OpenDX.orgThe Open Source Software Project Based on IBM's Visualization Data Explorer
>
Home Page
Recent News
About OpenDX
Getting Started
Gallery-Highlights
Downloads
Add-Ons
Support
Support
Bookstore
The DX Community
Developers
Projects
Contributions
Contact Info
Advertising

Logo

©2000-2006 OpenDX.org
All rights reserved.


Latest News

If you're using OpenDX and have some nifty pictures you'd like to share, contact us to get them added to the gallery.

  • October 14, 2007 - The CVS is again available. After being off-line at IBM for 4 months, it is now back up and an OpenSource repository. Check it out in the Developers section.
  • September 11, 2006 - The new OpenDX DVD is available for purchase from VIS, Inc.
  • September 9, 2006 - New mailing lists are up for use. Please come join us there if you prefer e-mail over user forums.
  • August 30, 2006 - OpenDX 4.4.4 is now available. Binaries for the highest demand operating systems are now available. See the ChangeLog for the list of changes.
  • March 22, 2005 - Jerry Hagon has updated his font converter script with some helpful documentation changes. Click here to download it. He also has a new dvidx which allows dvi output to be imported into OpenDX. Check out DXfontutils for more info.
  • July 1, 2004 - VIS, Inc. has updated its book, OpenDX: Paths to Visualization, to version 2 reflecting the changes in OpenDX 4.3.

User Quote

"As a scientific visualization producer at the Cornell Theory Center and as a business consultant and trainer, I've been producing scientific, engineering, and business data visualizations and video for the past 10 years. As a rule, the data to be visualized is multiparametric, multidimensional, and temporal. Many of the data sets are many megabytes or even gigabytes in size; in others, the data size is small, but the visual representation of the data is complex. Since 1991, the single most important and useful software for this purpose has been Data Explorer. The DX data model and generic functionality of its many modules permits me to cast every data visualization problem in similar terms, even if the underlying data and the output imagery looks very different from one discipline to another. This means that the more you use DX, the more your personal toolkit (previous programs, macros, tricks) and skill set improves, allowing you to conceptualize and tackle any visualization problem that you encounter.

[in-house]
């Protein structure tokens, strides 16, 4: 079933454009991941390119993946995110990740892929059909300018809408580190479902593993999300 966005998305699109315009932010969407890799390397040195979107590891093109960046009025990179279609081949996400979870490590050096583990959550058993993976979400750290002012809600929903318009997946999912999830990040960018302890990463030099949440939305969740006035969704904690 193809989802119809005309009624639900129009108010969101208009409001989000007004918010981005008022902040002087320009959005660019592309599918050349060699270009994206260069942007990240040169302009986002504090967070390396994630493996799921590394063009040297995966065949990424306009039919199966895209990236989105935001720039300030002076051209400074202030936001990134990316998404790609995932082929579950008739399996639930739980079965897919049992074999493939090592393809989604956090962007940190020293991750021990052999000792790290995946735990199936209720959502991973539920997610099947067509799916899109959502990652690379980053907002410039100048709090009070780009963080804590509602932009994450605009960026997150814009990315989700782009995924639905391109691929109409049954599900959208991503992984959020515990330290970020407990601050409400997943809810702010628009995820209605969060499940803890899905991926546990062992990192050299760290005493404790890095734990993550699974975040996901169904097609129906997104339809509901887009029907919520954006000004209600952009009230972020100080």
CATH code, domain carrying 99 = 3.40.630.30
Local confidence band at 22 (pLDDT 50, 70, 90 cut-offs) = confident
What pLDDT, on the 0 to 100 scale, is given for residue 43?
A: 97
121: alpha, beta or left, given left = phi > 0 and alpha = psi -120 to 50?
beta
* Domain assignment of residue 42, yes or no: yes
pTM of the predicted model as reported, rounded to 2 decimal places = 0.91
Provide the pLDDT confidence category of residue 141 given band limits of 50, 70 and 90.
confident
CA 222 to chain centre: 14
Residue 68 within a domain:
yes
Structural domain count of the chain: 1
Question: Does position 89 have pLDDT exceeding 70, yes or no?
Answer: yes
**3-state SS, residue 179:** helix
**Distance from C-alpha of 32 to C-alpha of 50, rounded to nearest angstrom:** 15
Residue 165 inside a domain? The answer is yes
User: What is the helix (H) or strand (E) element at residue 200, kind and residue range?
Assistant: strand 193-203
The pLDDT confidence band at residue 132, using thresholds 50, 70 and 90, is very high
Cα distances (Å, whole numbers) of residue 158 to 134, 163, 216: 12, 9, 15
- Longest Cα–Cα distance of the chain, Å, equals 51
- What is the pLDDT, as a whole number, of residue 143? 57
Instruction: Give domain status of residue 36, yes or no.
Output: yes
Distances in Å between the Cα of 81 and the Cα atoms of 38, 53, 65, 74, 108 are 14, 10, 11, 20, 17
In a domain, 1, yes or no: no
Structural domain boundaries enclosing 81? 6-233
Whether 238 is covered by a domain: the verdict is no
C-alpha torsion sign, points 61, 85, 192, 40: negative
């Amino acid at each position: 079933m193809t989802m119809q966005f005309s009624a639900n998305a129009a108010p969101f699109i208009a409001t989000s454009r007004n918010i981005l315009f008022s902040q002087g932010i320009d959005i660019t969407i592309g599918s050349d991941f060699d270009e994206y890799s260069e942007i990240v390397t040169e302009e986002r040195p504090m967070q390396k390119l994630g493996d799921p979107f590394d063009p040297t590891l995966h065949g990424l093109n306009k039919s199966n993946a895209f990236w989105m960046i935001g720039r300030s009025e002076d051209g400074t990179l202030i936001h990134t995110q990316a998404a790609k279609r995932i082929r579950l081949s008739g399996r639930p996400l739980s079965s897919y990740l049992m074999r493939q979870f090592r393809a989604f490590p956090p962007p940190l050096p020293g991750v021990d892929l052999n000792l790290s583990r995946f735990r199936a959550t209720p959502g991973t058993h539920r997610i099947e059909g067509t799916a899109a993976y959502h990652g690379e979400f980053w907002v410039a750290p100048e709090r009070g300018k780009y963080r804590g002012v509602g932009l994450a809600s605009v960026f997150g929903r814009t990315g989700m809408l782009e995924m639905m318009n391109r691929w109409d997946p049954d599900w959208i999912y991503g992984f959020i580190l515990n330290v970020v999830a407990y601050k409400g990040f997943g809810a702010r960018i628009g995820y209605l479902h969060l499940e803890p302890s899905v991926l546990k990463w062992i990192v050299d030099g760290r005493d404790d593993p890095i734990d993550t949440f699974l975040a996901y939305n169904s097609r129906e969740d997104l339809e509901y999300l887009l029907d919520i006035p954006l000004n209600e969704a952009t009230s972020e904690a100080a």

The DX data model and the many available filters for third party data formats enable you to quickly import disparate data sets, in most cases, without changing the way the original data is organized. And many times, I have seen that people have adopted the DX data model as a superior organizing schema for their data, especially if their data format was simply one of convenience and not suited to scale or encompass later changes in their research program.

As a certified IBM DX workshop trainer, I have been pleased to see how quickly beginners pick up the fundamentals of DX and bring it to bear on solving their visualization problems. Yet, with the complete extensibility of both the data model and the function set (through the addition of custom-programmed modules), DX is profound as well. This is usually the reaction of those workshop attendees who have had experience with other visualization programs.

I would encourage anyone involved in adding visualization capability to their research program to acquire Data Explorer, run the tutorials, examine the online information and extensive help files, and discover the potential of visualization!"

Chris Pelkie
Vice President/Scientific Visualization Producer
Conceptual Reality Presentations, Inc.

Data Explorer in Action


This image was produced by Trish Duce, Ellen Voth, and Patricia Andrews using Data Explorer and gathering data from within the National Interagency Fire Management Integrated Database (NIFMID) which which resides within the Weather Information Management System (WIMS) at the USDA National Computer Center. Three-dimensional objects can be created and manipulated just as easily as two-dimensional plots. Other parameters can be mapped onto objects through the use of "color," "glyphs," or "isosurfaces," thus increasing the dimensionality of the image.


Color